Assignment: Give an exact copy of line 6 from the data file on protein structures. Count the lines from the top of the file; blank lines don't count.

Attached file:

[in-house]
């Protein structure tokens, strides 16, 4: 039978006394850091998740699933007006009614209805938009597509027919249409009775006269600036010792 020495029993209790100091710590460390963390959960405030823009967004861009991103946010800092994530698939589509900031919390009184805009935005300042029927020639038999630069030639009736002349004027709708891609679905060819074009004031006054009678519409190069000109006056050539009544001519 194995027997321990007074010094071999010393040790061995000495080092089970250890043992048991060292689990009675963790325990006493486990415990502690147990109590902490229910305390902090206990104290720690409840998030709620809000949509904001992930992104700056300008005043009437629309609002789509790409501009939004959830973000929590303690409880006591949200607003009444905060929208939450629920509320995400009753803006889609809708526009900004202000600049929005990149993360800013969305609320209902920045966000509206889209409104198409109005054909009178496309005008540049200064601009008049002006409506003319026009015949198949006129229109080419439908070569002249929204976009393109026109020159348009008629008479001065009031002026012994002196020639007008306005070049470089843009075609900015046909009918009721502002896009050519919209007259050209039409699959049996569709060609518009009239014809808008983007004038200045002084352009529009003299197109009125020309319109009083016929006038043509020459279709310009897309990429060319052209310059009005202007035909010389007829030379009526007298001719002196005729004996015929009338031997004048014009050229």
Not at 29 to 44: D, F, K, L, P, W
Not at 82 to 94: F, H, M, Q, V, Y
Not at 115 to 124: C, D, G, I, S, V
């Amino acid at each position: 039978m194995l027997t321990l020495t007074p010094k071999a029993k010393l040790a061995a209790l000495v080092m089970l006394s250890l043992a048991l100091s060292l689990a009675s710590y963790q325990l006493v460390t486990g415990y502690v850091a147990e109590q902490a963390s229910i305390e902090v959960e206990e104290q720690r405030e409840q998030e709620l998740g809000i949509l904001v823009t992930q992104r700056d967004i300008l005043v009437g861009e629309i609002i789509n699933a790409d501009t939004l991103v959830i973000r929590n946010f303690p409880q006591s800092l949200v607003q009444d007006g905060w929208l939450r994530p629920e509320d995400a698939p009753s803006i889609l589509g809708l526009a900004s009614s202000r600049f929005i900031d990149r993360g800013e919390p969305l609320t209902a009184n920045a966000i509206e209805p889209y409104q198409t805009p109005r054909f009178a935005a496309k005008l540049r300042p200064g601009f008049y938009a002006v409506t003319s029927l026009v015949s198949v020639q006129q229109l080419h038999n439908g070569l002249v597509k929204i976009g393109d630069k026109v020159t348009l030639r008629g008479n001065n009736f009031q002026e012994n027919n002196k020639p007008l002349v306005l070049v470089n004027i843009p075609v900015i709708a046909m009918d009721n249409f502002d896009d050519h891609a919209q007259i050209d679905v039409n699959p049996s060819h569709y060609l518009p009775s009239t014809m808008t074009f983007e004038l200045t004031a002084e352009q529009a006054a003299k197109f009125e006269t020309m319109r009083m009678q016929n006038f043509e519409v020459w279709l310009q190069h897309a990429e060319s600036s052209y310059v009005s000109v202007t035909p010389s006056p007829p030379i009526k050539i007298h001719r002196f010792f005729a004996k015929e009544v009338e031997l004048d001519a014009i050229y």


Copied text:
């Amino acid at each position: 039978m194995l027997t321990l020495t007074p010094k071999a029993k010393l040790a061995a209790l000495v080092m089970l006394s250890l043992a048991l100091s060292l689990a009675s710590y963790q325990l006493v460390t486990g415990y502690v850091a147990e109590q902490a963390s229910i305390e902090v959960e206990e104290q720690r405030e409840q998030e709620l998740g809000i949509l904001v823009t992930q992104r700056d967004i300008l005043v009437g861009e629309i609002i789509n699933a790409d501009t939004l991103v959830i973000r929590n946010f303690p409880q006591s800092l949200v607003q009444d007006g905060w929208l939450r994530p629920e509320d995400a698939p009753s803006i889609l589509g809708l526009a900004s009614s202000r600049f929005i900031d990149r993360g800013e919390p969305l609320t209902a009184n920045a966000i509206e209805p889209y409104q198409t805009p109005r054909f009178a935005a496309k005008l540049r300042p200064g601009f008049y938009a002006v409506t003319s029927l026009v015949s198949v020639q006129q229109l080419h038999n439908g070569l002249v597509k929204i976009g393109d630069k026109v020159t348009l030639r008629g008479n001065n009736f009031q002026e012994n027919n002196k020639p007008l002349v306005l070049v470089n004027i843009p075609v900015i709708a046909m009918d009721n249409f502002d896009d050519h891609a919209q007259i050209d679905v039409n699959p049996s060819h569709y060609l518009p009775s009239t014809m808008t074009f983007e004038l200045t004031a002084e352009q529009a006054a003299k197109f009125e006269t020309m319109r009083m009678q016929n006038f043509e519409v020459w279709l310009q190069h897309a990429e060319s600036s052209y310059v009005s000109v202007t035909p010389s006056p007829p030379i009526k050539i007298h001719r002196f010792f005729a004996k015929e009544v009338e031997l004048d001519a014009i050229y």